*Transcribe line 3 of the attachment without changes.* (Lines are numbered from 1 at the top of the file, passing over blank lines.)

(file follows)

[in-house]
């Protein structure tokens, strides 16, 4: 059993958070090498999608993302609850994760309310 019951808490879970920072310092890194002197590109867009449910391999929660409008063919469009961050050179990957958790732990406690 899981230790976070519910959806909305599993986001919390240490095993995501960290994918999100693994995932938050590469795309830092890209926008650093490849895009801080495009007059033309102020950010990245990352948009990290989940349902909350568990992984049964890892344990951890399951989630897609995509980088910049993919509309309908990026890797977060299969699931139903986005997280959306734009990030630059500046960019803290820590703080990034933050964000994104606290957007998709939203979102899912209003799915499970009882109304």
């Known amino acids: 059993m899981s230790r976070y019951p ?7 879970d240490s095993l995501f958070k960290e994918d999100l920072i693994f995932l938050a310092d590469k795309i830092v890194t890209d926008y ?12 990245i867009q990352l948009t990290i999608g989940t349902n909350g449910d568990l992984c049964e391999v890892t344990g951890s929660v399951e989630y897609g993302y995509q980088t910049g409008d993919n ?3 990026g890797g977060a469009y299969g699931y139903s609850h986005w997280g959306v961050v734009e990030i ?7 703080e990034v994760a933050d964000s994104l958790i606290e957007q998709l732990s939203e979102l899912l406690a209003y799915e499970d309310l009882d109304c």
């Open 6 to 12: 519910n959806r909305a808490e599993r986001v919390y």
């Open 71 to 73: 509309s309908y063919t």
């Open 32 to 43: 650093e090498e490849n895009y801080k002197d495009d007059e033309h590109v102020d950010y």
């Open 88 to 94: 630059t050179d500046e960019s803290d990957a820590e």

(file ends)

């Known amino acids: 059993m899981s230790r976070y019951p ?7 879970d240490s095993l995501f958070k960290e994918d999100l920072i693994f995932l938050a310092d590469k795309i830092v890194t890209d926008y ?12 990245i867009q990352l948009t990290i999608g989940t349902n909350g449910d568990l992984c049964e391999v890892t344990g951890s929660v399951e989630y897609g993302y995509q980088t910049g409008d993919n ?3 990026g890797g977060a469009y299969g699931y139903s609850h986005w997280g959306v961050v734009e990030i ?7 703080e990034v994760a933050d964000s994104l958790i606290e957007q998709l732990s939203e979102l899912l406690a209003y799915e499970d309310l009882d109304c």